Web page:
Yoga Sutras: Yoga Sutra 1.34:
Regulating breath to stabilize and clear the mind
Yoga Sutra 1.34: The mind is also calmed by regulating the breath,
particularly attending to exhalation and the natural
stilling of breath that comes from such practice.
(prachchhardana vidharanabhyam va pranayama)
PRACHCHHARDANA = gentle exhalation through the nostrils
VIDHARANABHYAM = expansion or regulation, control
VA = or (or other practices in 1.34-1.39)
PRANASYA = of prana
AWARENESS OF BREATH: One of the finest methods there is to stabilize
and calm the mind is breath awareness. First, be aware of the
transitions between the breaths, and allow them to be smooth, without
an abrupt transition, and without pausing between breaths.
Consciously practice seeing how delicately smooth you can make the
transitions. Allow the breath to be quiet, and to have no jerkiness.
ELONGATION OF EXHALATION: Second, after establishing sound and steady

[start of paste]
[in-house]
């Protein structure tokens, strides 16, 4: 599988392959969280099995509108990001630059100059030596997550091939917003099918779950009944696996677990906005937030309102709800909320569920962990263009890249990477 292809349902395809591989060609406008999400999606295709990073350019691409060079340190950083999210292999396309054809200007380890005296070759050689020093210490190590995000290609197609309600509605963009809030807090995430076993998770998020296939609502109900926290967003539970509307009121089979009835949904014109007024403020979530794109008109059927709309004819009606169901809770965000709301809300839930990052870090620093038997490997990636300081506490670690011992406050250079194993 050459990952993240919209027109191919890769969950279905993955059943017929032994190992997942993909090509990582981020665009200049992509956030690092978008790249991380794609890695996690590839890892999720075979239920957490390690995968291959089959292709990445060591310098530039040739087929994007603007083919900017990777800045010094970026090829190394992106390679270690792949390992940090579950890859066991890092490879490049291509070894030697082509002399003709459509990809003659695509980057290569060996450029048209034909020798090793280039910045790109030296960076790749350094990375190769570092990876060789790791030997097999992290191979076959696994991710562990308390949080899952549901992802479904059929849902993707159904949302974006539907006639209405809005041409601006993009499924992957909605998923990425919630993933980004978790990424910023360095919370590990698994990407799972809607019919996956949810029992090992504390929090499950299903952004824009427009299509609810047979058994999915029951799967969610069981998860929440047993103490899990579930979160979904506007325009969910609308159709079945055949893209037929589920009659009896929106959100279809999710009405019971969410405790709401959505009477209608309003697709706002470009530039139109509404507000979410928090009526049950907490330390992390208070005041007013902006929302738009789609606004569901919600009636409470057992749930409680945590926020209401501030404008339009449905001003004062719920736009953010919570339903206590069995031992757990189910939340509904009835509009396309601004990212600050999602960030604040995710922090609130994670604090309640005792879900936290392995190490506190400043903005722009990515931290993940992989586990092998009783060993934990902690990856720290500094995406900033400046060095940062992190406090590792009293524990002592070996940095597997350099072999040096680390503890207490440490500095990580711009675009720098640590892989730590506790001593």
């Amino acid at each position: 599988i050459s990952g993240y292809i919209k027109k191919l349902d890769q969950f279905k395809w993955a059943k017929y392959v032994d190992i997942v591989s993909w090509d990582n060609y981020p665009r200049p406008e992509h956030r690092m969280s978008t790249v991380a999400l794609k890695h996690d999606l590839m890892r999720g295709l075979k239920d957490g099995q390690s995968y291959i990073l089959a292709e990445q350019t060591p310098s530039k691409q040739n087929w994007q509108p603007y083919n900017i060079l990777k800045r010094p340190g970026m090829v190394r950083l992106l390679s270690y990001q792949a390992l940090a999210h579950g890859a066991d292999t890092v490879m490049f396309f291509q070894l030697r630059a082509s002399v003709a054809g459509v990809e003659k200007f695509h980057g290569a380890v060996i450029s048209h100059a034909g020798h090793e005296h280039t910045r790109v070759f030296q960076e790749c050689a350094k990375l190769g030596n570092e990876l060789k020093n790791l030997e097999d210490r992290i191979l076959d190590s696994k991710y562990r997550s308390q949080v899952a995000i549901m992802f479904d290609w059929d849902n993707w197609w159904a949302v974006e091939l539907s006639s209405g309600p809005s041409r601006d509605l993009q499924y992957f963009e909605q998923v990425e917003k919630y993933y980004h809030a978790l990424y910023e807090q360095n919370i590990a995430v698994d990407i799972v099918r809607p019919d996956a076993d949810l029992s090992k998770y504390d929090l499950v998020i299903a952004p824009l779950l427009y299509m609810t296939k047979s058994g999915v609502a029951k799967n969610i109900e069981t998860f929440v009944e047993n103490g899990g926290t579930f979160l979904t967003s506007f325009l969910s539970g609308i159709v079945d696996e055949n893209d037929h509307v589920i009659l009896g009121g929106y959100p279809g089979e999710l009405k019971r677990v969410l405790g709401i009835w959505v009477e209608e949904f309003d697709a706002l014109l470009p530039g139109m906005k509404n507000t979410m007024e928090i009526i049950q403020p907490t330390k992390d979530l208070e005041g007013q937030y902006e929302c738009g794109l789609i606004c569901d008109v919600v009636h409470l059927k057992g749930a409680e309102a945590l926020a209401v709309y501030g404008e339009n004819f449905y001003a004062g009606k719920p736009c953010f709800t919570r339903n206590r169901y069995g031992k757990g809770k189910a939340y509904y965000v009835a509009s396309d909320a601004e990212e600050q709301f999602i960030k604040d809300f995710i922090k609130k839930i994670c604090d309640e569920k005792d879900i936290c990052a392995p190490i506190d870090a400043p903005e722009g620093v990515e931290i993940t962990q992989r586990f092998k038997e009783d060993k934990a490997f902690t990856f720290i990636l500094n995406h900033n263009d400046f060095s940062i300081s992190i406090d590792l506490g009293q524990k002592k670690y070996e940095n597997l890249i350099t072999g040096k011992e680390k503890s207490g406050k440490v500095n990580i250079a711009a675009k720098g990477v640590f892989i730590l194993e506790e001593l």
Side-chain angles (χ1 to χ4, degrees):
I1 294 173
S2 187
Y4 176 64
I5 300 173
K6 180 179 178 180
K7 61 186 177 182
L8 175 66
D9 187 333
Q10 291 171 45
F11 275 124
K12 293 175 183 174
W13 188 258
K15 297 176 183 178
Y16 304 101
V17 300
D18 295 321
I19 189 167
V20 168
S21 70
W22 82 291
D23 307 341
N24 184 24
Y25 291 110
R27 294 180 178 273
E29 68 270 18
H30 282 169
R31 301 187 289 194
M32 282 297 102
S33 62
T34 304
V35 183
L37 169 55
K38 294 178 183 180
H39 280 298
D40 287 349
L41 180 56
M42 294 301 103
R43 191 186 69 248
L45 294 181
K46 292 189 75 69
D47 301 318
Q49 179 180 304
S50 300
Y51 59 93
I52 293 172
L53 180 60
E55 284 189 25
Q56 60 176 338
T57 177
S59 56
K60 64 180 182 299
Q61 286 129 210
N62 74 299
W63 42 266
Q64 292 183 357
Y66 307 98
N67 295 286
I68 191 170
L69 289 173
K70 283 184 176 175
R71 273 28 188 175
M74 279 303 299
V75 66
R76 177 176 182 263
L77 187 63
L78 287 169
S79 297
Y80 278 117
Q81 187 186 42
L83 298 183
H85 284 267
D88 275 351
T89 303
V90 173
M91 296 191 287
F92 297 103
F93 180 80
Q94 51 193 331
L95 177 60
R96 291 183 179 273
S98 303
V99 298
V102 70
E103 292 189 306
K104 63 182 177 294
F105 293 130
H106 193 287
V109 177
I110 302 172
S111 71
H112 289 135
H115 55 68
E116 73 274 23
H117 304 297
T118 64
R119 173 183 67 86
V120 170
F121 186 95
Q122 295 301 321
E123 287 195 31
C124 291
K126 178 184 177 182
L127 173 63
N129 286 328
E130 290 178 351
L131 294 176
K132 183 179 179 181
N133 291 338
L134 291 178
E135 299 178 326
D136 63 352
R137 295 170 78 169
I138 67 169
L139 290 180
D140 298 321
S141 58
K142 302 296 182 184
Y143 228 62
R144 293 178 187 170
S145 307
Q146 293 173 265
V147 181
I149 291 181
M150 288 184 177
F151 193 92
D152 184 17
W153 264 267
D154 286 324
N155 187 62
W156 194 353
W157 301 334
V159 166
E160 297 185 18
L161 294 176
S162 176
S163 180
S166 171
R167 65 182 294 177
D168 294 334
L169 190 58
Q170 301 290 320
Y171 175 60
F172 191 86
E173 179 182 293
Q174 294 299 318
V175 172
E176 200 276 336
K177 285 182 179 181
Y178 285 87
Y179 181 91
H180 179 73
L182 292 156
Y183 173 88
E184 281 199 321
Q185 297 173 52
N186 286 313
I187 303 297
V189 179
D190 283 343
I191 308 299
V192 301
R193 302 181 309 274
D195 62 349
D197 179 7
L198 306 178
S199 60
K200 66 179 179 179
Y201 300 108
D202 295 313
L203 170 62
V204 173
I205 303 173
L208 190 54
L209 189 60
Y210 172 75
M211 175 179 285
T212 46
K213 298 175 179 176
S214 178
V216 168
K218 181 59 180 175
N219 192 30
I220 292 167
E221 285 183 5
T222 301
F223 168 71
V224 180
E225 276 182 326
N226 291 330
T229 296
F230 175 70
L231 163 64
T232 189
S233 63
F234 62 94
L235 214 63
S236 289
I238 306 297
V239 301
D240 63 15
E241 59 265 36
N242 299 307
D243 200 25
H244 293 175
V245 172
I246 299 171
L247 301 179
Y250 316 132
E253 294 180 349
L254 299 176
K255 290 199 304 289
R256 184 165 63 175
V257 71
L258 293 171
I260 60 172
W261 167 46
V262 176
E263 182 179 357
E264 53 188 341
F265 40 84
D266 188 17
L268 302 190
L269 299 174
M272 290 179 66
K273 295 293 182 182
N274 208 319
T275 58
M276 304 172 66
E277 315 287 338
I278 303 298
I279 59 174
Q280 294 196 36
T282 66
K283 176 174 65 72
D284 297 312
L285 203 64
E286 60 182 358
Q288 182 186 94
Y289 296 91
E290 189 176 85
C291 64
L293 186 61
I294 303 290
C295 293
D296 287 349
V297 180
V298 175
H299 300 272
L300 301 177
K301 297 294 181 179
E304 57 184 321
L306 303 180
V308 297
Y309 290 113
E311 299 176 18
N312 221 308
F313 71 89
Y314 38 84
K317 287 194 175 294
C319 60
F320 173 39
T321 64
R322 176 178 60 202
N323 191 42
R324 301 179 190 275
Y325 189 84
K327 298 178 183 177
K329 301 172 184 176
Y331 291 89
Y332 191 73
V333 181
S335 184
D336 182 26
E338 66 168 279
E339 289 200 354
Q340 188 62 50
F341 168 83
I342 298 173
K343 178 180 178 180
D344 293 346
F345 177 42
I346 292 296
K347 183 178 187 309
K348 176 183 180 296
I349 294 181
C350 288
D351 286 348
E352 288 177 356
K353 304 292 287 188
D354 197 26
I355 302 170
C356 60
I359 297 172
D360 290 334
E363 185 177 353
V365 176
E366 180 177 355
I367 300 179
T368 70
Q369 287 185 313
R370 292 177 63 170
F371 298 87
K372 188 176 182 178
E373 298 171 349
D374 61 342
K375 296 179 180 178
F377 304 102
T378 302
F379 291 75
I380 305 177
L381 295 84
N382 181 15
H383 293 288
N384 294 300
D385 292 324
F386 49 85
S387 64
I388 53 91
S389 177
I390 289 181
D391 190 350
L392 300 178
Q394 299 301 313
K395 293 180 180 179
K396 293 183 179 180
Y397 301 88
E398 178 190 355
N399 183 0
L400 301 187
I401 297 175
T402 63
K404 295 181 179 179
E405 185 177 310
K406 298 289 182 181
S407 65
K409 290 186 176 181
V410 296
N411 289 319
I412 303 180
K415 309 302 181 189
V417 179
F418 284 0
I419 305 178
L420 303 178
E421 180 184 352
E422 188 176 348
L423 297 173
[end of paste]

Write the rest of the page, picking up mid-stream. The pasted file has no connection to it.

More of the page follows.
awareness of the breath, allow the exhalation to gradually elongate,
such that the amount of time spent exhaling is longer than the amount
of time inhaling. The air will move outward more slowly with
exhalation than with inhalation. Gradually allow the ratio to be two
to one, where the exhalation is approximately twice as long as the
inhalation. Pranayama is often translated as breath control. The root
ayama actually means lengthening. Thus, pranayama more specifically
means lengthening the life force.
NOT RECHAKA, PURAKA, AND KUMBHAKA: There are other breathing
practices that include rechaka (exhalation), puraka (inhalation) and
kumbhaka (intentional holding of the breath). These practices are not
the intent here in this sutra, particularly not the practice of
breath retention. Though these may be useful practices at some stage
of practice, they are not the subject of this sutra in relation to
stabilizing the mind and making it tranquil.
SEE ALSO THESE ARTICLES:
Sutras 2.49-2.53 on breathing and pranayama:
Soham Mantra online:
Breathing Practices and Pranayama: